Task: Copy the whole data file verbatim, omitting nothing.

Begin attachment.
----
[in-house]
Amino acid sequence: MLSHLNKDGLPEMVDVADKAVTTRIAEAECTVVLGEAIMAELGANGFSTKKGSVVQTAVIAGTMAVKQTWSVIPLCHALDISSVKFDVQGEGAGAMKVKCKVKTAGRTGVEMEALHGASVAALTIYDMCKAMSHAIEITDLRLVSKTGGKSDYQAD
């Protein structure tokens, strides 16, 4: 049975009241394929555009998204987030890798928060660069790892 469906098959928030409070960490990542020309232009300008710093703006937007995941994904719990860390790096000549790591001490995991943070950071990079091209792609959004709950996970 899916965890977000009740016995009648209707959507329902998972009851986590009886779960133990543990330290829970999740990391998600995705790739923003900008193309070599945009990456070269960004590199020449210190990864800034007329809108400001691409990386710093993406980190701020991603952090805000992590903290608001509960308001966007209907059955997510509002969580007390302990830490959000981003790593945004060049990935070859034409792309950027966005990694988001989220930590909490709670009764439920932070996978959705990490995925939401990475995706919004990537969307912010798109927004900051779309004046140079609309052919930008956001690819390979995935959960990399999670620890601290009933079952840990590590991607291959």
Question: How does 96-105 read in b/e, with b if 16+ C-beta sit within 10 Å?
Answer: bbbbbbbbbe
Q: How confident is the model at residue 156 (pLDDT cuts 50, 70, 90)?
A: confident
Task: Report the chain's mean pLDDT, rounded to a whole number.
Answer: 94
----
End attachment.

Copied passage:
[in-house]
Amino acid sequence: MLSHLNKDGLPEMVDVADKAVTTRIAEAECTVVLGEAIMAELGANGFSTKKGSVVQTAVIAGTMAVKQTWSVIPLCHALDISSVKFDVQGEGAGAMKVKCKVKTAGRTGVEMEALHGASVAALTIYDMCKAMSHAIEITDLRLVSKTGGKSDYQAD
């Protein structure tokens, strides 16, 4: 049975009241394929555009998204987030890798928060660069790892 469906098959928030409070960490990542020309232009300008710093703006937007995941994904719990860390790096000549790591001490995991943070950071990079091209792609959004709950996970 899916965890977000009740016995009648209707959507329902998972009851986590009886779960133990543990330290829970999740990391998600995705790739923003900008193309070599945009990456070269960004590199020449210190990864800034007329809108400001691409990386710093993406980190701020991603952090805000992590903290608001509960308001966007209907059955997510509002969580007390302990830490959000981003790593945004060049990935070859034409792309950027966005990694988001989220930590909490709670009764439920932070996978959705990490995925939401990475995706919004990537969307912010798109927004900051779309004046140079609309052919930008956001690819390979995935959960990399999670620890601290009933079952840990590590991607291959």
Question: How does 96-105 read in b/e, with b if 16+ C-beta sit within 10 Å?
Answer: bbbbbbbbbe
Q: How confident is the model at residue 156 (pLDDT cuts 50, 70, 90)?
A: confident
Task: Report the chain's mean pLDDT, rounded to a whole number.
Answer: 94